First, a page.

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Transportation & Fuel Source Technology

Volkswagen Golf and New Beetle Most Fuel Efficient Among Gasoline-Only Vehicles

Autobytel Inc today released its Q2 2006 Quarterly QuickView(1), powered by its Automotive Information Center (AIC) division. This quarter the QuickView examined which gasoline-only(2) vehicles ranked highest for fuel economy in a breakdown of 20 classes. In addition to studying gasoline-only vehicles, Autobytel analysts compiled a supplementary list of the most fuel-efficient hybrids in seven classes. The QuickView also presents data on the availability of alternative fuel ethanol (E85) vehicles.

"Consumers are making a dramatic shift to more fuel-efficient vehicles which has been confirmed by recent Autobytel car shopper polls," said Autobytel Automotive Editor Chris Wardlaw. "Autobytel's QuickView helps guide today's fuel conscious car shoppers by giving them expanded gasoline-only vehicle options. The best in class ranking of gasoline-only vehicles is particularly unique because while many shoppers want more fuel-efficiency, they may not realize they have options to consider within their current vehicle class."

Most Fuel Efficient Gasoline-Only Vehicles by Class

This extensive list ranks vehicles in the following categories for a total of 20 classes:
  • Coupe (Economy, Family, Sports, Luxury)
  • Sedan (Compact, Midsize, Luxury, Large, Sports)
  • Convertible (Compact, Sports, Luxury)
  • SUV (Small, Midsize, Luxury, Full Size)(3)
  • Pickup (Compact, Full Size)
  • Minivan
  • Wagon
From the top of the list to the bottom, Autobytel analysts found a 22 MPG/highway difference, giving consumers a number of choices as they face rising fuel costs. (See Most Fuel Efficient Gasoline-Only Vehicles by Class graphic.) The Volkswagen Golf and Volkswagen New Beetle rank most fuel-efficient at 44 MPG/highway(4). Full Size Pickups rank least fuel-efficient with the Chevrolet Silverado 1500 Regular Cab 2WD and GMC Sierra 1500 Regular Cab 2WD both tying for 22 MPG/highway.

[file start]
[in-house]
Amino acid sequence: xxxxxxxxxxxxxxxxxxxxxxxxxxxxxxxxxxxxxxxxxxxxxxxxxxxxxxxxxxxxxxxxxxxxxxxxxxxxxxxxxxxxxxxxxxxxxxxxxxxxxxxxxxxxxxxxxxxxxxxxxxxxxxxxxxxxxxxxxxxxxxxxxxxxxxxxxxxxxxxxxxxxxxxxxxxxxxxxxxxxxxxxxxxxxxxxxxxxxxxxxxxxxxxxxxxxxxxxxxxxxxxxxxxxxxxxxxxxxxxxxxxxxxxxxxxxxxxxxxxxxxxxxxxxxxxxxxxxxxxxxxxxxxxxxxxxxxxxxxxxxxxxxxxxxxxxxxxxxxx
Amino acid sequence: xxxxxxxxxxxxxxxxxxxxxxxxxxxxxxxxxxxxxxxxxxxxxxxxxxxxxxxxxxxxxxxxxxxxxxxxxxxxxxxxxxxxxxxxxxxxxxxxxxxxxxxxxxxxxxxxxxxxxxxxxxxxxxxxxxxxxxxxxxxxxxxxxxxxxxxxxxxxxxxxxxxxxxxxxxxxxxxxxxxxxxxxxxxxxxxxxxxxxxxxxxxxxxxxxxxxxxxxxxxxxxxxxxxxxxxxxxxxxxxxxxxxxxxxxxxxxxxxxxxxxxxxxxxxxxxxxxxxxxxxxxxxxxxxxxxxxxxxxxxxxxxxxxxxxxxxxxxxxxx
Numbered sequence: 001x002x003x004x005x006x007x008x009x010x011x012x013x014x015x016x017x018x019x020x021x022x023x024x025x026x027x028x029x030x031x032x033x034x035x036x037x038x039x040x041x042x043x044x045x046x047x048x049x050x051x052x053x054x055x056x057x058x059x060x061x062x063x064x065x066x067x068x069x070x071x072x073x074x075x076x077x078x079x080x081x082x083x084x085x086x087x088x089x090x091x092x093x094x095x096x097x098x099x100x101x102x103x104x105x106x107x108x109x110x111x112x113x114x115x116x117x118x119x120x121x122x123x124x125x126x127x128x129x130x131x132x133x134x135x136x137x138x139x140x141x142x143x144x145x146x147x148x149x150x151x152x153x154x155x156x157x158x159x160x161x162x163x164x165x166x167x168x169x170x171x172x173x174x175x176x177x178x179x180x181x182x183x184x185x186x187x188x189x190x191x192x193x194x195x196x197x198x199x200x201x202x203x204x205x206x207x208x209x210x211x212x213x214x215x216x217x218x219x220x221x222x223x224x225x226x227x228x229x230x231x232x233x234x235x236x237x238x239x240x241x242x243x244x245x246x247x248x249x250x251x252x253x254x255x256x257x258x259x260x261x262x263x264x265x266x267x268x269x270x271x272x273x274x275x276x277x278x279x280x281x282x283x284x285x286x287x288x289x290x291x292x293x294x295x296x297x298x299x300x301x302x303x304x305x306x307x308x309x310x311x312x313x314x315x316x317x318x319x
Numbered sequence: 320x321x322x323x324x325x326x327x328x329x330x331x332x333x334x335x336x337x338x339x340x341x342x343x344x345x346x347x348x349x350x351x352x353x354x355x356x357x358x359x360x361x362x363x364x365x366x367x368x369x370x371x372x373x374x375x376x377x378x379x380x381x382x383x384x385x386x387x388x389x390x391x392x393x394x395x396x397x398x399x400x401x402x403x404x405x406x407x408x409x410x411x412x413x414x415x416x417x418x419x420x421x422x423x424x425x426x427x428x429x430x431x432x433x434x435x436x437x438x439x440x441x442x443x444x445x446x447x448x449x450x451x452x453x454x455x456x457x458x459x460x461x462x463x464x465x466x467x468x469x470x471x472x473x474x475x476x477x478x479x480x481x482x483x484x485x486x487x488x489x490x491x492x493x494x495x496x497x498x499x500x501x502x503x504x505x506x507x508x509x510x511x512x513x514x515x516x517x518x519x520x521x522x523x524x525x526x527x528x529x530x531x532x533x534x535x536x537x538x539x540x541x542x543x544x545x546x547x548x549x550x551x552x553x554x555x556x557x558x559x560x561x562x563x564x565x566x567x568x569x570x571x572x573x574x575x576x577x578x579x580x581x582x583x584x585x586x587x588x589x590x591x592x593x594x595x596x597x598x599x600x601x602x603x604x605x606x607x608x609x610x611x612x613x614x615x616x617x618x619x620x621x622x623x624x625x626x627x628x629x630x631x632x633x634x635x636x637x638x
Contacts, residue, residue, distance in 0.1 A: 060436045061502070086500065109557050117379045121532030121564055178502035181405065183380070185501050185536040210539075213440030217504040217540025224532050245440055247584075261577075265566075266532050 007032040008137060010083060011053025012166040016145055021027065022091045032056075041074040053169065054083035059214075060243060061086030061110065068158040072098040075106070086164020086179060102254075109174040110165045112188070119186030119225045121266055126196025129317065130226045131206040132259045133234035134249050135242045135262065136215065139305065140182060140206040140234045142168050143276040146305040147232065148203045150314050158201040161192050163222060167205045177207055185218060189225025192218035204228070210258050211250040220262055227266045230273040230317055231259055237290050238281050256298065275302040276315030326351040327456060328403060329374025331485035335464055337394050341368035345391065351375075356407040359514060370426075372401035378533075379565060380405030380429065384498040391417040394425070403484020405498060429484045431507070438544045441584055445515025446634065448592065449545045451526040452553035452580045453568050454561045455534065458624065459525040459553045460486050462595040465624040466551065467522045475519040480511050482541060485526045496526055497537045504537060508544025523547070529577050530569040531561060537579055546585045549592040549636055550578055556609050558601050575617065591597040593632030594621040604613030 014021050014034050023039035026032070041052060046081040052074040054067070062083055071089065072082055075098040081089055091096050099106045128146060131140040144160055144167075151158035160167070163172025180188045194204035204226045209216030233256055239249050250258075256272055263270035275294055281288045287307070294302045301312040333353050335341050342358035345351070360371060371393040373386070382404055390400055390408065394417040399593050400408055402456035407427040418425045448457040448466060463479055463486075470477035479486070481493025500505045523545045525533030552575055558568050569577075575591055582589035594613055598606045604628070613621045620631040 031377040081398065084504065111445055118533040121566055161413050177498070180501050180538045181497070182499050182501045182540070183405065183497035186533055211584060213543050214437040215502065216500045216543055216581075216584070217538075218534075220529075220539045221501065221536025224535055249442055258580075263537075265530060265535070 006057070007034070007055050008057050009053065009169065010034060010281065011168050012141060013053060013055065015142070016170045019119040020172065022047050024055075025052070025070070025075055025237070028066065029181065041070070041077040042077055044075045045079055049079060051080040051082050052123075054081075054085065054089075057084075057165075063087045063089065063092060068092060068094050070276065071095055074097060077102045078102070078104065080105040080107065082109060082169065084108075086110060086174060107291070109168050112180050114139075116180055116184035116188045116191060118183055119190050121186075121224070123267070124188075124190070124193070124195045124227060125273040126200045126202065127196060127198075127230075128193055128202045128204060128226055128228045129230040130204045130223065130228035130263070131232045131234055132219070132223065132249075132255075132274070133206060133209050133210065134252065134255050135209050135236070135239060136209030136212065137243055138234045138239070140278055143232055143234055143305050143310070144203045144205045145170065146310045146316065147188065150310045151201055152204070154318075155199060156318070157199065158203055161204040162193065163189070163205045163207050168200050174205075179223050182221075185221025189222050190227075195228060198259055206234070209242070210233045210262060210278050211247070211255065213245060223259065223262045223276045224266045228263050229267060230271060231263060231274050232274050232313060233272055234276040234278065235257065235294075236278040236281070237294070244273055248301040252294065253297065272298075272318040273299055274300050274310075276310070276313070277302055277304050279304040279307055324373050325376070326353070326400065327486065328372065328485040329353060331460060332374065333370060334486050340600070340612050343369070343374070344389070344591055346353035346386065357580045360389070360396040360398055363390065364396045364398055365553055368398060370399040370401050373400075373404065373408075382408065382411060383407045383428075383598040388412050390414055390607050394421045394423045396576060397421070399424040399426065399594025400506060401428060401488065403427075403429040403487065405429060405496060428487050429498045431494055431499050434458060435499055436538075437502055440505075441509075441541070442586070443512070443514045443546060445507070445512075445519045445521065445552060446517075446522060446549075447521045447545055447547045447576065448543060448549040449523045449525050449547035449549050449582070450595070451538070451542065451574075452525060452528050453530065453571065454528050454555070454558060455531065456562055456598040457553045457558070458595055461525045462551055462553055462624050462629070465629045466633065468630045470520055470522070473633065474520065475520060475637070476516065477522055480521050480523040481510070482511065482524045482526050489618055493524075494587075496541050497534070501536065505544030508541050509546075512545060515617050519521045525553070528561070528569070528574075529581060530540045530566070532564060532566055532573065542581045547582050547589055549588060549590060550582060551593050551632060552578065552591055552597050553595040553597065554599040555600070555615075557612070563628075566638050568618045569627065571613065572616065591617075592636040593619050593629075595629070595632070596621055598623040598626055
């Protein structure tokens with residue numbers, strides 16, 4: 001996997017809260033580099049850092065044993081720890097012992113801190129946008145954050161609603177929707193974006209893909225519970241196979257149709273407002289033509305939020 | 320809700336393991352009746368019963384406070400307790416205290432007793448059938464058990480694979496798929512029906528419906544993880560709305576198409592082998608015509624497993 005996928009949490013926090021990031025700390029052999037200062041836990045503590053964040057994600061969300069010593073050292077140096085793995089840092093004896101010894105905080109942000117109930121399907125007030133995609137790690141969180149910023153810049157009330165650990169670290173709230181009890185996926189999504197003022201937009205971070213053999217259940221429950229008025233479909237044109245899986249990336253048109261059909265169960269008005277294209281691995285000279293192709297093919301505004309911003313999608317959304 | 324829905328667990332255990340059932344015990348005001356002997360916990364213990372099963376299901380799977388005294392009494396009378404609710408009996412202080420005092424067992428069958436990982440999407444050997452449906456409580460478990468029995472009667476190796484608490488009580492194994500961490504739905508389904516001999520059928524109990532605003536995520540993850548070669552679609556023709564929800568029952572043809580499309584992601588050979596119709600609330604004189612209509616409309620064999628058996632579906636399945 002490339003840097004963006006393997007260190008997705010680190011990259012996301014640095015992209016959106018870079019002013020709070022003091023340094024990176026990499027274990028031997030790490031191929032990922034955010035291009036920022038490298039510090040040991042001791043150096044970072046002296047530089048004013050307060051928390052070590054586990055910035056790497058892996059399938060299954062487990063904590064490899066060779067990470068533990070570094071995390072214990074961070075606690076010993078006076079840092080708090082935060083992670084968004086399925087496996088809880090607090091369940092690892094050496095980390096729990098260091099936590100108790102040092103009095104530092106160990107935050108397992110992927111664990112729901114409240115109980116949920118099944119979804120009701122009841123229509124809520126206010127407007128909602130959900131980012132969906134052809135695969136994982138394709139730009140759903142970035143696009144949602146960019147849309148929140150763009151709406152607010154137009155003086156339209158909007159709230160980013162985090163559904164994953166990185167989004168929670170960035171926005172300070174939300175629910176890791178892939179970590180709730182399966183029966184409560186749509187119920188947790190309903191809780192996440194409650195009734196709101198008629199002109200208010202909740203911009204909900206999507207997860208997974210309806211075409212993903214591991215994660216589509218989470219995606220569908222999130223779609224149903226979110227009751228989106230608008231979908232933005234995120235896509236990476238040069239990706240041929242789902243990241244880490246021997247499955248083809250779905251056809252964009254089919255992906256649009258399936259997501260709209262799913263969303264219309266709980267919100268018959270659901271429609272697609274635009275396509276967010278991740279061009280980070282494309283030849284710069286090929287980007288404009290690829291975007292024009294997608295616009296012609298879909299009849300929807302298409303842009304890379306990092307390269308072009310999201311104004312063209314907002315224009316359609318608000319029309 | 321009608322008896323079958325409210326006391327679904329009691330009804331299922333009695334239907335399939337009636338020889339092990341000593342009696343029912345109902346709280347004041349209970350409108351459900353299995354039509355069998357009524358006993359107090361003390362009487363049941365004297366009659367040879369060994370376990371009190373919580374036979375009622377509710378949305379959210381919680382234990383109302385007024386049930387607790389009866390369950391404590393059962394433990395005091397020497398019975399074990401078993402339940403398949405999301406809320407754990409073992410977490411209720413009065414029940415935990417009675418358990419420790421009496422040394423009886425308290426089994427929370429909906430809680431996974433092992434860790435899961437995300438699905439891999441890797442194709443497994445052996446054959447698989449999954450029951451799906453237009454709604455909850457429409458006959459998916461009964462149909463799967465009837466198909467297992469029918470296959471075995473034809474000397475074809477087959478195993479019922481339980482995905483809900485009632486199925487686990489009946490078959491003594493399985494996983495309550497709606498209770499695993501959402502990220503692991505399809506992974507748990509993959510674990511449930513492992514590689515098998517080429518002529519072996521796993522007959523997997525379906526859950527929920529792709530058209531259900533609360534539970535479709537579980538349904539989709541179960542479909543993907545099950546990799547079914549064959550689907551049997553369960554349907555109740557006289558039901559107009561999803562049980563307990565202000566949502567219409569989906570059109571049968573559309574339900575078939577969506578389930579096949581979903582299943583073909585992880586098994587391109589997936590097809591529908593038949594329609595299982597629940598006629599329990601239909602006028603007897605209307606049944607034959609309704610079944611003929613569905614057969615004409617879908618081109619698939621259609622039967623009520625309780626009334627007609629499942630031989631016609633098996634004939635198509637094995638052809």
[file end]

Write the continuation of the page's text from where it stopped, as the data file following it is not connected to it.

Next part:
The complete list of the 20 best in class gasoline-only vehicles can be found at Clearing the Air,

Hybrids Still Reign Most Fuel Efficient Overall

Predictably, hybrids continue to rank higher on fuel efficiency than the best in class gasoline-only vehicles. The soon-to-be-furloughed Honda Insight scored as the most fuel-efficient hybrid, within the Economy Coupe class, at 66 MPG/highway.

The most fuel-efficient hybrids in the seven available vehicle classes include:
  • conomy Coupe: Honda Insight at 66 MPG/highway
  • Compact Sedan: Honda Civic Hybrid at 51 MPG/highway
  • Midsize Sedan: Toyota Prius (hatchback) at 51 MPG/highway
  • Small SUV: Ford Escape Hybrid at 31 MPG/highway
  • Luxury SUV: Lexus RX 400H at 28 MPG/highway
  • Midsize SUV: Toyota Highlander Hybrid at 28 MPG/highway
  • Full Size Pickup: Chevrolet Silverado Hybrid and GMC Sierra at 21 MPG/highway(5)
Hybrids dominated three classes within the SUV category affirming that car shoppers who desire an SUV for additional passenger and cargo room have increasingly more options. However, all hybrids still only account for one percent of U.S auto sales and are outsold by gasoline-only SUVs 23-1(6).

E85 Gaining Attention as an Alternative Fuel Source

A 2006 poll of car shoppers at Autobytel's car-buying Web sites showed a burgeoning interest in E85 vehicles compared to hybrids and bio-diesel vehicles.

There are several options in the 2006 and 2007 model years for those car shoppers considering an E85 vehicle. Of the 203 available trims for the 2006 and 2007 model years, 84 percent are Full Size Pickups and 12 percent are SUVs. Those car shoppers in the market for a smaller model have more limited options with only three percent of all E85 vehicles available in the Sedan or Coupe class. The Large Sedan class features the Chevrolet Impala and Ford Crown Victoria. The Chevrolet Monte Carlo is the only Family Coupe available in E85. All three models, however, are flex-fuel vehicles, meaning they can operate either with E85 or gasoline, making them more attractive for shoppers who haven't yet committed to using only E85.

"E85 will be an interesting alternative fuel source to monitor over the next few years," added Wardlaw. "The pros and cons of E85 as a mainstream vehicle fuel will continue to play out with scientists, activists and policy makers debating its future, as well as automakers' production of 'flex-fuel' vehicles (with E85 capabilities) which will both play a large role in whether consumers adopt or dismiss the source."

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